State witness supports Infante

Associate Assistant Attorney General Leigh Bayer show jurors block betting boxes used at the Mckinley Heights ITAM during Superbowl games

WARREN — A state witness who gave embattled former Niles mayor Ralph Infante $1,000 in cash every December worked to make sure she did not say anything negative against her friend without providing a full explanation.

Karen DeChristofaro testified that from 2009 through 2014, she went to the mayor’s office in mid-December to give him envelopes filled with cash. DeChristofaro has worked for the city since the late 1990s.

Infante, 63, is facing multiple counts of tampering with records, gambling, soliciting improper compensation, theft in office, bribery and engaging in a pattern of corrupt activity, possessing criminal tools, having an unlawful interest in a public contract and falsification. He has pleaded not guilty to all the charges.

DeChristofaro said the annual act was something her late husband, Robert, wanted her to do as a gift to Infante’s grandchildren, who are related to the DeChristofaros. Karen DeChristofaro said she began giving the cash to Infante in 2009 after her husband died. Robert had been giving Infante’s grandchildren Christmas gifts for years, and she wanted to continue that legacy by delivering the money to Infante.

“The first year, Ralph would not take it,” DeChristofaro said. “He said I needed it more than him.”

050118...R INFANTE/BET 1...Warren...05-01-18...Cara Yoder, from the Ohio Auditors office, explains how "block pools" work..A form of R. Michael Semple

However, DeChristofaro insisted Infante take the money to deliver to his grandchildren in memory of her husband.

“He didn’t know I was coming,” she said.

Every year afterward, she personally delivered an envelope with a Christmas card and the cash to Infante’s office.

“He knew the money was for his grandchildren,” she said. “There was nothing nefarious about it.”

DeChristofaro testified that when she circulated election petitions for Infante’s re-election campaign, she allowed another city employee to collect signatures for her at the city’s waste water department, before signing the document and turning them over to Infante.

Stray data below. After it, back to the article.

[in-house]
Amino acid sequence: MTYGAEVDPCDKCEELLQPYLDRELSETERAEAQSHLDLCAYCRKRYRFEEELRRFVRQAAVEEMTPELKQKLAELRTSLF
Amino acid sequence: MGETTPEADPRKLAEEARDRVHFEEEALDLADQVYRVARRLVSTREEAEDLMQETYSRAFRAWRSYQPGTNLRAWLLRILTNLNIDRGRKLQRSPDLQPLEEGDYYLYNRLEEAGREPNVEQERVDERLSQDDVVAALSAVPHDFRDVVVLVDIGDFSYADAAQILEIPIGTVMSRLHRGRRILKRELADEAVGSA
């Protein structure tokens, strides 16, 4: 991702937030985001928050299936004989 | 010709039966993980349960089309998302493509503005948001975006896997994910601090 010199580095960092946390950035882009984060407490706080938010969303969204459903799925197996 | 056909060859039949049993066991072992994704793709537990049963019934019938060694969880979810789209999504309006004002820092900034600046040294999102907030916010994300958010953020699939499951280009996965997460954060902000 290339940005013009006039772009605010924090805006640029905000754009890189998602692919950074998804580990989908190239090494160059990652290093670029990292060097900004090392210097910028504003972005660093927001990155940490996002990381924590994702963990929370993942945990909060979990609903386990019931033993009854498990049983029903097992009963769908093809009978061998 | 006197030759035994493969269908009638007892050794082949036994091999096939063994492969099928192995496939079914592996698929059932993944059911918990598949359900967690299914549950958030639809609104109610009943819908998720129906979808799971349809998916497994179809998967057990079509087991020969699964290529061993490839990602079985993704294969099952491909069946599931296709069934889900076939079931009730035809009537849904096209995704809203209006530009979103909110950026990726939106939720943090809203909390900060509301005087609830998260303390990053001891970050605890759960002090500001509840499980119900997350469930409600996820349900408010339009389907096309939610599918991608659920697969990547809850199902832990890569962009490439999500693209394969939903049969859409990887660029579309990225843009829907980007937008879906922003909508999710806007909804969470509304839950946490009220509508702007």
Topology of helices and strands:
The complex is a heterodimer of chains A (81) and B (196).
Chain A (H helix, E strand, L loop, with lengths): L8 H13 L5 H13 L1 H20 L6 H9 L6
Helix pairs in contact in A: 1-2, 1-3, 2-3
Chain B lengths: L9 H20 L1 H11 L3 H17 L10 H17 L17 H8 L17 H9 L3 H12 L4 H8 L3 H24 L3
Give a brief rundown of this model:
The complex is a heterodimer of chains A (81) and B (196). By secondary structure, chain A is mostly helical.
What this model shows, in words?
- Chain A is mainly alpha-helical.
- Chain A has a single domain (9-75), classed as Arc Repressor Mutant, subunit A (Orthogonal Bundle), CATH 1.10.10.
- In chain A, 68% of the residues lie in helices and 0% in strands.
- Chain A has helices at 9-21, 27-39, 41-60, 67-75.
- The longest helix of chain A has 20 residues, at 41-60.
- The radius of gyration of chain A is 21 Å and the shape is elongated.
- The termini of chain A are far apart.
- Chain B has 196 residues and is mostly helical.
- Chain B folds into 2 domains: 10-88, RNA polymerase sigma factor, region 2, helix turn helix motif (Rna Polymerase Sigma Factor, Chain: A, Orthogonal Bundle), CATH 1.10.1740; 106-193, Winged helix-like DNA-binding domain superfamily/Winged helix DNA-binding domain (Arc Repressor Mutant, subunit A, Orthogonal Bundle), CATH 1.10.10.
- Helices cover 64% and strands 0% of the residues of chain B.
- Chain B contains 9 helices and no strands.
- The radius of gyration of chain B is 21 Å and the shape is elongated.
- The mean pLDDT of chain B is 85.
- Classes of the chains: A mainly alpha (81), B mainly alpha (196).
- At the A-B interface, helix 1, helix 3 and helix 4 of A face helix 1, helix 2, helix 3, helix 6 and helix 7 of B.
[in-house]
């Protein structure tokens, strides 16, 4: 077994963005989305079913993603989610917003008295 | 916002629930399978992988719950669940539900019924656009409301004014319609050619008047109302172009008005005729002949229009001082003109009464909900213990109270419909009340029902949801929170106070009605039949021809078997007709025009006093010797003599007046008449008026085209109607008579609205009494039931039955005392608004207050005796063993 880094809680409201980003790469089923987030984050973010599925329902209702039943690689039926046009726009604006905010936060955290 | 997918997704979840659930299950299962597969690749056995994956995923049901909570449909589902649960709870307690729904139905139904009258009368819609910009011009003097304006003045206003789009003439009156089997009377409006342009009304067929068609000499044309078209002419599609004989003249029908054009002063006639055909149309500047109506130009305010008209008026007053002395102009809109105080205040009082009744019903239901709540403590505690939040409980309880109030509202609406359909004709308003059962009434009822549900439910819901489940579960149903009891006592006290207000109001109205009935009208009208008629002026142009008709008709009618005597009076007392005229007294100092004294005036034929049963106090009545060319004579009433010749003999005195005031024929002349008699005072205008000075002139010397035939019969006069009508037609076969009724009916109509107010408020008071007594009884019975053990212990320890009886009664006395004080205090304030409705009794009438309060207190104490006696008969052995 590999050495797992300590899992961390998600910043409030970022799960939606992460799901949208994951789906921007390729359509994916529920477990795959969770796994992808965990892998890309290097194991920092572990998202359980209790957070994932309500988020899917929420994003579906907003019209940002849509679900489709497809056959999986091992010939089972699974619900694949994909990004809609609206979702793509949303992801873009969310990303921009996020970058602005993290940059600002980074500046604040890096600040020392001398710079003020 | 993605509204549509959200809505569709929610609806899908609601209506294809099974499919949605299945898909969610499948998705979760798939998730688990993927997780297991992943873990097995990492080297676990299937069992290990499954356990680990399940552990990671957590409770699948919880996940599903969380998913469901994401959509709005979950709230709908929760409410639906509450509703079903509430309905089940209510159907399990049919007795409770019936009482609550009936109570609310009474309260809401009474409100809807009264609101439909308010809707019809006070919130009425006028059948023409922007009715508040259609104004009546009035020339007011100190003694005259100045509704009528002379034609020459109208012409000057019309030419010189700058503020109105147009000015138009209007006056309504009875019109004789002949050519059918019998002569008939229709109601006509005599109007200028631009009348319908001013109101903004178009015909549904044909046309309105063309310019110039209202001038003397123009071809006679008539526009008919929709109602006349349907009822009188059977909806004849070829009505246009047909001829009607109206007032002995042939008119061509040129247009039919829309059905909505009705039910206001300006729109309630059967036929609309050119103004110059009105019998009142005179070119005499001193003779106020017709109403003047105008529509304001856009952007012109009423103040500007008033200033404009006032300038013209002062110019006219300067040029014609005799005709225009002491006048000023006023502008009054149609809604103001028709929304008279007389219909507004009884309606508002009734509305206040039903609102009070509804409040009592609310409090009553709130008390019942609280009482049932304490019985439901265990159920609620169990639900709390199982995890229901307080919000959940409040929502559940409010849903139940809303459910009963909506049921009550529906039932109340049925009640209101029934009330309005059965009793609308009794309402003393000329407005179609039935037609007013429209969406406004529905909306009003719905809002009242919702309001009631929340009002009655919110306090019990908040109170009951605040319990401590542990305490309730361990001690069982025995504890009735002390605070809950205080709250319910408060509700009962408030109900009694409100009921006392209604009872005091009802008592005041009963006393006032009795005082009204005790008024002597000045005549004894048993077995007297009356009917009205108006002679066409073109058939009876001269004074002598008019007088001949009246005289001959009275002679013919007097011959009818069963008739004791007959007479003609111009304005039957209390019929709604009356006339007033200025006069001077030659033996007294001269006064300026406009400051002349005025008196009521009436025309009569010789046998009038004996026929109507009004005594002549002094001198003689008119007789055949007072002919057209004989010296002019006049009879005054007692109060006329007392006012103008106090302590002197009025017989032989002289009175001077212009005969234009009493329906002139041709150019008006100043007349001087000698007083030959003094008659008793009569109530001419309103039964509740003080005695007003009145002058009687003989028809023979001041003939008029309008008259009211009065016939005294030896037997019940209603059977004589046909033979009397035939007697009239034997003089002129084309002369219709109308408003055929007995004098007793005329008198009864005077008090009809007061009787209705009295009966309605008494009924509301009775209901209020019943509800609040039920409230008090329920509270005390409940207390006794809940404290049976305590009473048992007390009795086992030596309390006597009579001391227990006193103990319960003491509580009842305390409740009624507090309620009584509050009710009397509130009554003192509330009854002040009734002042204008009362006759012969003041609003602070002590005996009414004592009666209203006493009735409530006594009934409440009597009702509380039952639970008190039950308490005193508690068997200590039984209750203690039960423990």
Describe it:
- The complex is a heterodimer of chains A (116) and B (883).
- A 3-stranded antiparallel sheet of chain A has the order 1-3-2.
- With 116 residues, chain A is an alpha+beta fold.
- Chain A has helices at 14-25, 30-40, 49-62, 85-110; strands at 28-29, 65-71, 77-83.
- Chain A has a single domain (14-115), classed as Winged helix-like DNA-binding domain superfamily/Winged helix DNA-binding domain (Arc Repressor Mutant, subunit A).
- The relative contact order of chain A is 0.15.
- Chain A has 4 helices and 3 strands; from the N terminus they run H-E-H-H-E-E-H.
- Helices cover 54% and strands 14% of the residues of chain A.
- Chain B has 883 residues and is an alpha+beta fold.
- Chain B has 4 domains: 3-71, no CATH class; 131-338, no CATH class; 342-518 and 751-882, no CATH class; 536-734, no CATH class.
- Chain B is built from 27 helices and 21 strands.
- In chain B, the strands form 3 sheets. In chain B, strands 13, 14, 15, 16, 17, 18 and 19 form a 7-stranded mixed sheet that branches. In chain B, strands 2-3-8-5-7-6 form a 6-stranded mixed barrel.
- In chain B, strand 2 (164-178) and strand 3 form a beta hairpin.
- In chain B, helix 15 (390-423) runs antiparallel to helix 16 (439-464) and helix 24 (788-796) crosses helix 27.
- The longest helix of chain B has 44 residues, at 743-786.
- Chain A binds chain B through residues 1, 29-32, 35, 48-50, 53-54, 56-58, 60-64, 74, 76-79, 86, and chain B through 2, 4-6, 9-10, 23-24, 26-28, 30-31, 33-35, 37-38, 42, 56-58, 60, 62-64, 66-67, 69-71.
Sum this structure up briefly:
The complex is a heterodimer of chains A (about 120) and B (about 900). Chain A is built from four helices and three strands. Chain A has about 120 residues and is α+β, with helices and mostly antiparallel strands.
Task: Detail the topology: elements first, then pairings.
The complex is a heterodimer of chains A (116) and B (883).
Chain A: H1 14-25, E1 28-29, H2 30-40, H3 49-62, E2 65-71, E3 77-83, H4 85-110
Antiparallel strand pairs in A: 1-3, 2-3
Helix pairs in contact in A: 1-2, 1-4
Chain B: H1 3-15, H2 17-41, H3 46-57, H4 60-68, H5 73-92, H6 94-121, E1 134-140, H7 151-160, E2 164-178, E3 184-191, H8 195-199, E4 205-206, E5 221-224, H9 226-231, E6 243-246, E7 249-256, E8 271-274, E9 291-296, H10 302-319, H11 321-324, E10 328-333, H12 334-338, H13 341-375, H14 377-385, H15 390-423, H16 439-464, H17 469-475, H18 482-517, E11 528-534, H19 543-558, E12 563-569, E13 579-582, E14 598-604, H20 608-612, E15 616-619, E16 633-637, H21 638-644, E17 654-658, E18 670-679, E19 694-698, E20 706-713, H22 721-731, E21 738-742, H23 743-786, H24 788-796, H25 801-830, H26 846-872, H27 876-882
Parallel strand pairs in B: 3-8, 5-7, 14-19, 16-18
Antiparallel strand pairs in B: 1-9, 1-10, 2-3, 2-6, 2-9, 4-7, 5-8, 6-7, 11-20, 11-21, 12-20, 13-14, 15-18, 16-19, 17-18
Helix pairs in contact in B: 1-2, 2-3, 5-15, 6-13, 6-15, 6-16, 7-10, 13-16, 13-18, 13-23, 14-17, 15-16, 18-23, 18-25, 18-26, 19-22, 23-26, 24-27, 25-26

As the circulator, DeChristofaro was supposed to witness every signature when they were signed, so she broke election laws.

In earlier testimony, a digital video recording of Denise Danielson, a former bartender at the McKinley Heights ITAM No. 39, outlined the hundreds of dollars of bets that occurred inside the club every year around the NFL’s Super Bowl.

Danielson, who worked at the ITAM for 20 to 25 hours a week for about a dozen years, testified that Infante and his wife, Judith, were her bosses and operated the club.

During the weeks before the Super Bowl, there would be gatherings at the ITAM where customers participated in block gambling pools in which customers could fill in blocks wagering amounts ranging from $3 per block to $300 per block on a variety of aspects of the game — from scores by quarter, by half and the final scores.

Danielson said the block cards could be filled out by the betters, by Ralph Infante, another ITAM employee or herself. Danielson said those persons who purchased $300 blocks also could attend a dinner at a local restaurant at which they were able to obtain a multi-course meal and dessert, beer and wine and could win prizes.

“I only went to the dinner once,” she said.

As Associate Assistant Attorney General Leigh Bayer showed her the individual cards, Danielson told her if the handwriting appeared to be Ralph Infante’s or someone else’s writing.

Cara Yoder, a forensic audit manager for the Ohio Auditor’s Office, analyzed the money going in and out of the bank accounts of Ralph and Judith Infante, as well as the account opened for the Mckinley Heights ITAM 39 and tenants that rented the Infante’s Robbins Avenue home.

State attorneys were attempting to reconcile the hundreds of dollars of cash payments that were placed in Infante’s bank account.

Yoder reviewed all of the available block cards gathered by the state in searches of the ITAM and attempted to, using the cards, determine how much was collected from betters, how much was paid out, and the level of profit earned over the years. Based on the records the state collected, the block gambling pools took place for nearly a dozen years.

Estimating the amount earned by using the cards collected and subtracting the amount paid out, which also was marked on the block cards, Yoder said the ITAM earned a profit of more than $34,495 during those years.

Questioned by defense attorney John Juhasz, Yoder said she did not calculate other costs surrounding the block pool, including the dinner costs.